Tapapiés: a guide to everyone's favorite food and culture festival in Lavapiés


It’s that time of year again. The air is turning chilly, the leaves are starting to change, and the millennial obsession with all things autumn is taking over social media. But here in Madrid, there’s a whole different reason to be excited. With October comes Tapapiés, the annual festival that inundates the streets of the Lavapiés neighborhood with delicious food, cheap drinks, and live music.

For 11 days at the end of October (this year’s 7th edition lasts from October 19—29), dozens of restaurants and bars in Lavapiés offer a very special deal. Each one develops their own signature tapa, and offers it to the public for just €1.50. For an extra euro, you can also get a botellín (a 250 ml bottle of beer) to wash it down. The event is sponsored by Barcelona’s Estrella Damm, and at most places you can choose between a regular beer or Damm Lemon (beer and lemon soda).

A bar advertises its participation in Tapapiés with the festival's official poster.

A bar advertises its participation in Tapapiés with the festival’s official poster.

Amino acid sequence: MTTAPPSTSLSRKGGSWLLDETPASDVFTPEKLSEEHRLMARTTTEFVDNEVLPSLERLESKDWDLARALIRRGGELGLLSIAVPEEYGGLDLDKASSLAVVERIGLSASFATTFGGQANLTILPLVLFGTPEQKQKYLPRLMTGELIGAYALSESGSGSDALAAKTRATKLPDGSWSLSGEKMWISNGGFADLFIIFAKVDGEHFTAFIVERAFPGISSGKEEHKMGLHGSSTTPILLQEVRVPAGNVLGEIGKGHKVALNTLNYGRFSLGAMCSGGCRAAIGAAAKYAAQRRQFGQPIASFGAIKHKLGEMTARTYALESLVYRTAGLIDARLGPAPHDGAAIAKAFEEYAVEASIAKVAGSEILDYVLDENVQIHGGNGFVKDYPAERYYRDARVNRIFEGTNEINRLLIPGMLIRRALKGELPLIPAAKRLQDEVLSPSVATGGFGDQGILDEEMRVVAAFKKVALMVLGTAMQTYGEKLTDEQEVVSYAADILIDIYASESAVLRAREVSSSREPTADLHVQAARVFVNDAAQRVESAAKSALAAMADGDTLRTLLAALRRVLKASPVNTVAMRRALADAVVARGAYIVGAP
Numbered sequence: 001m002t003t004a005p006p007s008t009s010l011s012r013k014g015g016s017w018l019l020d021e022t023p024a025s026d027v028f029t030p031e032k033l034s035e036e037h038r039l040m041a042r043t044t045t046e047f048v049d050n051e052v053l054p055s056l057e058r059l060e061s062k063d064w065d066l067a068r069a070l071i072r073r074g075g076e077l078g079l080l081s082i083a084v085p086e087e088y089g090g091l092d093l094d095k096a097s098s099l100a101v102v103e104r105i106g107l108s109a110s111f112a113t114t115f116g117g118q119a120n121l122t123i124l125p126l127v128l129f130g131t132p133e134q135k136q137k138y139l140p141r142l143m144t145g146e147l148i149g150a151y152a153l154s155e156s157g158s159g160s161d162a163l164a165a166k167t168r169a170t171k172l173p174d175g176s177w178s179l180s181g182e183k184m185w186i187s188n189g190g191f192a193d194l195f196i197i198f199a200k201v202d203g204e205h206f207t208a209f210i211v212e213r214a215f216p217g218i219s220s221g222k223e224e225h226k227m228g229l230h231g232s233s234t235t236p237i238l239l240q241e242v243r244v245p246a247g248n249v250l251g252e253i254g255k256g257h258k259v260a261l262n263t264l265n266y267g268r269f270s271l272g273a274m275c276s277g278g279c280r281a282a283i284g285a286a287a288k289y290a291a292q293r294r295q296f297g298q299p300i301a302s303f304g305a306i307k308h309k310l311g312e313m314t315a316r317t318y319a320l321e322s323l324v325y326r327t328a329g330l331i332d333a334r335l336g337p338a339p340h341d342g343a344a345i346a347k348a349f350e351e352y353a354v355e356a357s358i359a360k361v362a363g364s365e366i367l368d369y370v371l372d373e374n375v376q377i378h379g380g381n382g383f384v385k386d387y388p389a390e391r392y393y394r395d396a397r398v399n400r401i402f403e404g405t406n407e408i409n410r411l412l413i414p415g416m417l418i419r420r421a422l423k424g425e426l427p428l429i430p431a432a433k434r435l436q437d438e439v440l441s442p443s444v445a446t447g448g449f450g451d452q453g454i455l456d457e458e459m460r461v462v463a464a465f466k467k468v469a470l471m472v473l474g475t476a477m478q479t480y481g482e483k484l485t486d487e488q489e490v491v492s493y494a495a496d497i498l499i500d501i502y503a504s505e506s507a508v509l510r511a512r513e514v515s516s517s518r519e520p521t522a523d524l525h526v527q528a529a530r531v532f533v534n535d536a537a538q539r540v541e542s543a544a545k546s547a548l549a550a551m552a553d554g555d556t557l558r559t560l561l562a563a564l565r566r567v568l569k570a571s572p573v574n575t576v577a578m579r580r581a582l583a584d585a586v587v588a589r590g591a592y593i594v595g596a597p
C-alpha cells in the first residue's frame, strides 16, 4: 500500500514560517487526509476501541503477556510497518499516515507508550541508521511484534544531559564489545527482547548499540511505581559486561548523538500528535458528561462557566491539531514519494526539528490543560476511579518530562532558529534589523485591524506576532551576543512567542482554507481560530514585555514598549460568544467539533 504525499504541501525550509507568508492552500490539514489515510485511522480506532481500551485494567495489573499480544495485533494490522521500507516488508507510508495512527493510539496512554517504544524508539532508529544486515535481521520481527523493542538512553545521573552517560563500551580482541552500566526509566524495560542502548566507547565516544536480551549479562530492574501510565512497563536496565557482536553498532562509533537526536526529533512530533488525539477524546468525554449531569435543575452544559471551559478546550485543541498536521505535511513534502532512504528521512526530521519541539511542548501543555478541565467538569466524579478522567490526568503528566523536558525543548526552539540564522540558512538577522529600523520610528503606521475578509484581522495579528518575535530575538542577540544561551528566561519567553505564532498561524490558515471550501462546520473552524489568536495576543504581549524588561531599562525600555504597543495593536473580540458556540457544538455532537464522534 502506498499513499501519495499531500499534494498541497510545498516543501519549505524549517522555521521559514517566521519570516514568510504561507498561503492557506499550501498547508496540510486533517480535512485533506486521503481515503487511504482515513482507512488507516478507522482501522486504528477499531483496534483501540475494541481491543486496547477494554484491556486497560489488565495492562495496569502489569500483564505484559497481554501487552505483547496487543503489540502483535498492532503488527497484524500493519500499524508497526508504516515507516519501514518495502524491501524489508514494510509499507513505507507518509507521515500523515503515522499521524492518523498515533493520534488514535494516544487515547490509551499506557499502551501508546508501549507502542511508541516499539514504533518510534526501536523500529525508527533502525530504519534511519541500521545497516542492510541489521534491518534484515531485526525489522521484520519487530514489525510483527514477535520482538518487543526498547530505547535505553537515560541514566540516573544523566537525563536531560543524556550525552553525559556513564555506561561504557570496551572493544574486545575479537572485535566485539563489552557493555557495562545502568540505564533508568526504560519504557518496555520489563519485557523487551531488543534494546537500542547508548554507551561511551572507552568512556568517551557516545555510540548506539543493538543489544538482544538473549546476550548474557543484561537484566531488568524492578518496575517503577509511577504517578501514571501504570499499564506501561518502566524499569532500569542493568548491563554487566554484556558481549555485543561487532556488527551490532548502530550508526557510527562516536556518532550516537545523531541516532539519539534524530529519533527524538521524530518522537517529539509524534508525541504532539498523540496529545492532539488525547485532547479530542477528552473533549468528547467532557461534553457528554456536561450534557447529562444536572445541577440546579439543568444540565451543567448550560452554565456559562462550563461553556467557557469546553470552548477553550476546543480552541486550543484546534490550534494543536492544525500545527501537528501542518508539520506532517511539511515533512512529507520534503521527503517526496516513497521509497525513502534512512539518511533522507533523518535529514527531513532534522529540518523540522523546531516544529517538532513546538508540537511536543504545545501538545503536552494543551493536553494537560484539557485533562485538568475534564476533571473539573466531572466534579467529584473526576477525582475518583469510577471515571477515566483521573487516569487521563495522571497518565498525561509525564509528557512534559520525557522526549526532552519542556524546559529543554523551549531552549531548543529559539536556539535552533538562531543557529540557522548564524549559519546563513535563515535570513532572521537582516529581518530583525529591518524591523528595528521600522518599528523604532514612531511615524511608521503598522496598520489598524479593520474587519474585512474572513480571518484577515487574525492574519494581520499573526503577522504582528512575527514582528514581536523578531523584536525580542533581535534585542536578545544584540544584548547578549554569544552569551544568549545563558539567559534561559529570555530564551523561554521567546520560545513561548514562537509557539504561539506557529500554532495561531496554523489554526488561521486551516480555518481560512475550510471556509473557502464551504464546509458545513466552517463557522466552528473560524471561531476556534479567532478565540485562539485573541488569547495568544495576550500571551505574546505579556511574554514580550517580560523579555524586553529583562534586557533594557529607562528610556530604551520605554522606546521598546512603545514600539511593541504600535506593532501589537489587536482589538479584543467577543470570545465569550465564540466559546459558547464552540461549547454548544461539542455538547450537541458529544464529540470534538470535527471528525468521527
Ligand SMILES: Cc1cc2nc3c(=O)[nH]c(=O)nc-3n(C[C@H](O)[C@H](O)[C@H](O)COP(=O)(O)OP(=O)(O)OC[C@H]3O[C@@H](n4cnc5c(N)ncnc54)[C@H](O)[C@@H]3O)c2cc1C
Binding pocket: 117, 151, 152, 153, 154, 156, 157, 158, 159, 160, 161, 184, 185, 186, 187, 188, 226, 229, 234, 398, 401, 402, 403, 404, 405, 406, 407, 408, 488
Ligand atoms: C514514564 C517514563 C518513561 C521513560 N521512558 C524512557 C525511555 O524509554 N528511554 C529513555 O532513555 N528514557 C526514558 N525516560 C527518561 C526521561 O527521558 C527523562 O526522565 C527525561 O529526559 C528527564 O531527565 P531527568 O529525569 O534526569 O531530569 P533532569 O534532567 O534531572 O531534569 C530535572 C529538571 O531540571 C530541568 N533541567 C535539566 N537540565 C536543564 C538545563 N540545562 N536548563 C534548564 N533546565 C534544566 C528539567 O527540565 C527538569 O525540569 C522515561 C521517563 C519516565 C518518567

Lavapiés is known for its incredible cultural diversity, with large immigrant populations from all over Africa, South America, the Middle East, and Central Asia. As a result, it’s full of international eateries offering everything from Senegalese thieboudienne to Syrian sweets. A good number of these establishments participate in Tapapiés, which means that in one night you can practically eat your way around the world, just by exploring the neighborhood’s sloping streets.

The delicious "Crepioca" tapa from Saboor Tapioca in Lavapiés

The delicious “Crepioca” tapa from Saboor Tapioca

In other words, this festival is every adventurous foodie’s dream come true. There are various strategies for tackling the overwhelming amount of options (122 tapas in total) and chaotic crowds. You can simply wander around, dropping into whatever bars you come across and trying your luck. Each one usually advertises a photograph of their tapa with a huge poster out front, so you’ll know more or less what to expect. Don’t forget to stop by Mercado de San Fernando and Mercado Antón Martín, where several vendors also participate.

A tray of tapas at Toscanaccio Italian bakery in Lavapiés

A tray of tapas at Toscanaccio Italian bakery: marinated eggplant, walnuts, goat cheese, and sun-dried tomato pesto on spelt bread

If you’re (A) a picky/allergy-prone eater or (B) determined to try as many different tapas as possible, you might want to consider a more organized strategy. Ask for a brochure at any of the participating places—you’ll get a pocket-sized booklet that contains a list of every single tapa being offered, as well as a color photograph and a detailed ingredients list for each. They’re all plotted on a numbered map, so you can plan out your ideal route. Be warned, though: it’s hard to stick to a set plan when there are so many tempting options around every corner.